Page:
The Tennessee Department of Education announced a central steering committee and 18 subcommittees have been established, representing the state’s stakeholder and student groups and geographic areas, to engage with the department and explore a student-centered investment strategy for the state’s education funding formula over the next several months.
Last Friday, Governor Lee announced a full review of the state’s funding formula for public education to focus on a student investment strategy that emphasizes all students rather than systems, empowers parents to engage in their child’s education and outcomes, ensures all students are prepared for postsecondary success, and reflects Tennesseans’ values.
“In the coming months, we will hear from Tennessee parents, teachers and community leaders as we pursue a student-focused approach to public education,” said Governor Lee.
“More than 500 Tennesseans have already stepped up to share their ideas, and we look forward to a statewide discussion about strengthening K-12 education and preparing Tennessee students for success in the classroom and beyond.”
Since Friday, over 500 Tennesseans have already submitted their interest in engaging in discussions and receiving updates related to a student-centered investment strategy. Members of the public will be engaged via a public survey to be released this fall and are encouraged to continue to submit their interest via this form.
"Our students are the future of Tennessee and now is the time to have a serious conversation about the ways in which we can strategically invest in them. I am thrilled by the number of Tennesseans who are interested in joining the conversation and explore the possibilities for a student-centered investment strategy,” said Commissioner Penny Schwinn. “It is essential that we include those who will be impacted most by these conversations and keep our students front and center as we explore a new funding strategy.”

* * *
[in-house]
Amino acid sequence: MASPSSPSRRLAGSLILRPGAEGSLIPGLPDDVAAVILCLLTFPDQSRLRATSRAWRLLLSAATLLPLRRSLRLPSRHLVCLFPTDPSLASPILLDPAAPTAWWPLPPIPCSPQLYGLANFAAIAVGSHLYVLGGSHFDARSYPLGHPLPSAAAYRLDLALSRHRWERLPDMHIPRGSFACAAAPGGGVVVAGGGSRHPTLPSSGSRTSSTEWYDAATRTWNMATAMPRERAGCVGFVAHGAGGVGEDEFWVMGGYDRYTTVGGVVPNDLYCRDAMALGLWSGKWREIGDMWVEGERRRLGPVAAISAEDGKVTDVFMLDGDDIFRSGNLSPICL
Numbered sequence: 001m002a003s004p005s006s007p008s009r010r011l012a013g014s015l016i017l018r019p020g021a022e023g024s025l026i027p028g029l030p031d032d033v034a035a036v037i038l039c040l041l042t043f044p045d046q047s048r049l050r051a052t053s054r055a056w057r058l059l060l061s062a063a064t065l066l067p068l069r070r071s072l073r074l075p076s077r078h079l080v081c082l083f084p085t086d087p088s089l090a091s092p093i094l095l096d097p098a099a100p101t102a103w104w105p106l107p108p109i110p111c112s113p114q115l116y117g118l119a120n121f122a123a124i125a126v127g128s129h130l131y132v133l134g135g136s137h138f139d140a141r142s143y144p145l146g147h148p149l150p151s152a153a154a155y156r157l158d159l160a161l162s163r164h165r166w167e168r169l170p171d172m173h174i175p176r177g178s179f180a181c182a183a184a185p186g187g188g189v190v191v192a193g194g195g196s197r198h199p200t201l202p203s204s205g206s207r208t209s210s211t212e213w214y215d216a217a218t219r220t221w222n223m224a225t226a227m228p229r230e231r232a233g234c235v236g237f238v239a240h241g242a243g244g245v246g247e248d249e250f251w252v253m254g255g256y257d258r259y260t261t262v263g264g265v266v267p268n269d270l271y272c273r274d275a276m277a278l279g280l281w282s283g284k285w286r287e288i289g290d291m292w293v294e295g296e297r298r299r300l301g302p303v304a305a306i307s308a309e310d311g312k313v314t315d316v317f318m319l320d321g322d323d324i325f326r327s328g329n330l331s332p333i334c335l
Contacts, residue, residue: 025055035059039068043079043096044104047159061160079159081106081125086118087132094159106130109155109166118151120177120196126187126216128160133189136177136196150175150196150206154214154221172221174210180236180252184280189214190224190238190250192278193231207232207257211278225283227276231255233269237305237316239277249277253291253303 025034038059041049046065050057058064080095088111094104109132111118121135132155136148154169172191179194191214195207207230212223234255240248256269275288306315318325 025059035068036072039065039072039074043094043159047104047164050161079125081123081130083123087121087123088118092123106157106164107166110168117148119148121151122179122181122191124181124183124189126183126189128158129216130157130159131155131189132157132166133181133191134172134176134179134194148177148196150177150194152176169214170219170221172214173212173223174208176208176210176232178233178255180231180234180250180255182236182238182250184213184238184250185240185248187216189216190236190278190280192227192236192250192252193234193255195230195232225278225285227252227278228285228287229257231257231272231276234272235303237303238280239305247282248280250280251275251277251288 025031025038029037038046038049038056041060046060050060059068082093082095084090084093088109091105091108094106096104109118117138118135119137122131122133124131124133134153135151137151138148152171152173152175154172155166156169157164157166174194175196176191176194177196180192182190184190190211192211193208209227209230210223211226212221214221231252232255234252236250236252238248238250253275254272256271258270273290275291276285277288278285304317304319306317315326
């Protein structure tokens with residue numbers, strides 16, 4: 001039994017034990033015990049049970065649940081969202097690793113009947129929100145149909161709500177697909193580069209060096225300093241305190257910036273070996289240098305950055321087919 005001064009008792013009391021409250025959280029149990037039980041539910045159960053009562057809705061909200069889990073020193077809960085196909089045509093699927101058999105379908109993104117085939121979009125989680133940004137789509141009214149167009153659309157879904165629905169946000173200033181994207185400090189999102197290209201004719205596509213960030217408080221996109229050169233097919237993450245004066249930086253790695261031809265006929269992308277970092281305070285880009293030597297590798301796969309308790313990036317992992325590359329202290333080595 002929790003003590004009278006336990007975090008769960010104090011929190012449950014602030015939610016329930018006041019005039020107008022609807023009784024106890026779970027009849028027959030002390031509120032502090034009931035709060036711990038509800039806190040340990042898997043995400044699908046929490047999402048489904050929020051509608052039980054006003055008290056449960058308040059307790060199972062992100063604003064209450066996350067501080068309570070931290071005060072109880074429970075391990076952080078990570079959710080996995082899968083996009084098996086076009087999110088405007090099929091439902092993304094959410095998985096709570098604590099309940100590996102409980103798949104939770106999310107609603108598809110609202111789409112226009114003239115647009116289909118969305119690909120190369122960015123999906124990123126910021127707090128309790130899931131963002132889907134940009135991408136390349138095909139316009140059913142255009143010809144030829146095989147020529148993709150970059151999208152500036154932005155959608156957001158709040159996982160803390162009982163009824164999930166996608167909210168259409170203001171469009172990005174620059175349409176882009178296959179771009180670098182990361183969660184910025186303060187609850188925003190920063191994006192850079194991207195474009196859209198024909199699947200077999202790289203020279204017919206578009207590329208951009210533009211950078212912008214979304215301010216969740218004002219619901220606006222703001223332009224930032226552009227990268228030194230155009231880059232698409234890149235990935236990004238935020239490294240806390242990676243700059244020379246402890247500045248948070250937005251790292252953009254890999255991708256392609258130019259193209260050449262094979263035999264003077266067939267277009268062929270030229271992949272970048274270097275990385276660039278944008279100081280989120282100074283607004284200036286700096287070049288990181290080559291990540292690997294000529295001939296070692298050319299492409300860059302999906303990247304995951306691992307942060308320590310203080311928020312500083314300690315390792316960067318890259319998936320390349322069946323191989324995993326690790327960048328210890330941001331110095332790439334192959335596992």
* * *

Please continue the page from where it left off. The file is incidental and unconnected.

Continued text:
The state’s engagement will include a central steering committee composed of policymakers from across the state and 18 subcommittees. Representing district and school leaders, higher education partners, elected officials, business leaders, families, education stakeholders and members of the public, the 18 subcommittees are:
• Student Engagement Subcommittee
• Students with Disabilities and Gifted Students Subcommittee
• English Learner Subcommittee
• Economically Disadvantaged and Highly Mobile Students Subcommittee
• Parent Choice and Voice Subcommittee
• Teacher Advisory Subcommittee
• Principal Advisory Subcommittee
• School System Personnel Subcommittee
• School System Leadership Subcommittee
• Rural and Small District Subcommittee
• Suburban Districts, Municipals, and Fast-Growing Communities Subcommittee
• Urban District Subcommittee
• Higher Education and Post-Secondary Readiness Subcommittee
• Post-Secondary Readiness and the Business Community Subcommittee
• Chambers of Commerce and Industry Subcommittee
• Education Foundations Subcommittee
• Regional Collectives and Advocacy Subcommittee
• Fiscal Responsibility Subcommittee
The department will also have a committee of national experts, regional meetings of county commissioners and school board members, public engagement representatives, and an opportunity for public comment through a formal survey later in the fall.
The subcommittees will meet twice a month, either in person or virtually, for the next three months. All associated committee meeting materials, including recordings and minutes, will be posted here. Subcommittee members, compiled of national and state experts, will be released in the coming days and meetings and conversations will be focused on capturing the robust lenses of Tennesseans in creating a student-centered funding strategy.
Visit this webpage for more information and learn how to get involved: https://www.tn.gov/education/tnedufunding.